The bonnet is moving along quite slowly. It is difficult in some respects, easy in others. I have made top hats from buckram, so building the side band and tip pieces was easy. The crown is made and sitting there staring at me wondering wear its brim is.
The brim is the problem child. I looked at hundreds of museum bonnets, auction bonnets and Pinterest bonnets. The interiors are sometimes quite plain, but most are pleated or done in rows of light ruching (both sides gathered). Some even have faux flowers mounted on the inside.
I decided (because I am too stupid for my own good) to pleat the interior of my bonnet. I bought a soft pink for the interior and the ties that looks very nice against the brown base. I pleated and re-pleated and re-pleated again. It took me 3 hours (yes, hours!) to get the silly pleats looking as I wanted (meaning even and centered) and stitched in to place.
Because I am building this like an actual bonnet, and because I have built top hats following similar steps, I know that I do have to do my lining now. I cannot make this, then insert it into the bonnet once the brim is attached to the crown. Since I using real millinery techniques, I am having to re-work the pattern instructions and steps at certain points.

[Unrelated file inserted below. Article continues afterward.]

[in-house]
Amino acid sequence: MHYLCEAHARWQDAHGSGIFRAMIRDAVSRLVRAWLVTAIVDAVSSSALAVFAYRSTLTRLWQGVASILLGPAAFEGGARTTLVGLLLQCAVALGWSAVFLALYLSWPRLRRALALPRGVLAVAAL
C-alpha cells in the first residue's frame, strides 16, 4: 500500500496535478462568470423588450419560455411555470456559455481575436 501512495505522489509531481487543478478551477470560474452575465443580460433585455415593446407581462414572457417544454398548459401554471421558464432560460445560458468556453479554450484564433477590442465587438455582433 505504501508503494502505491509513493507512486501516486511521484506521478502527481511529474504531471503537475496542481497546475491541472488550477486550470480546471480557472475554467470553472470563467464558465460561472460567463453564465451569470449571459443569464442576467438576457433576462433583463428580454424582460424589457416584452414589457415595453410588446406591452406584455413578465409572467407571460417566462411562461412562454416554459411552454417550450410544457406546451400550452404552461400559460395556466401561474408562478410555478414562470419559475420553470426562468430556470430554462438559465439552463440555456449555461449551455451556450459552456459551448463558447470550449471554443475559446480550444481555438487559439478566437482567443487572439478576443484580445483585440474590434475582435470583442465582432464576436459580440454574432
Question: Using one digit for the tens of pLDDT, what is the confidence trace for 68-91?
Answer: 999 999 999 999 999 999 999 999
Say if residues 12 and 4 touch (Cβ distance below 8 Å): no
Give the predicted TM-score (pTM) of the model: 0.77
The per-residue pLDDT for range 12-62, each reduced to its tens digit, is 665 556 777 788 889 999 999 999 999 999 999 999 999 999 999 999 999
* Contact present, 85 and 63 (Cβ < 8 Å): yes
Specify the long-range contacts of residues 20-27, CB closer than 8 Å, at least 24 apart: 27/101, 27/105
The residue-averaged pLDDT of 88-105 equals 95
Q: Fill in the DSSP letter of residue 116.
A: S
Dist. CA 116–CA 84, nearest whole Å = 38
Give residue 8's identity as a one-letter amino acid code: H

The pattern calls for a lot of gluing. Ew. Glue is great for some things, but it will not make a hat that will last. My buckram frames are sewn together, not glued as the pattern calls for. My frame is mulled (the wire bits covered to make the lines softer), the fabric also stitched rather than glued. As I read ahead in the pattern instructions, I noticed it called for gluing the brim to the crown. I cannot see this working anywhere except in fairyland where magic exists. The brim is not only a little weighty, but sits on the crown at a sharp upward angle. Honestly Butterick, glue?
Next is the outer brim cover and attaching the brim to the crown.
Unless, of course, I add frou frou to the interior.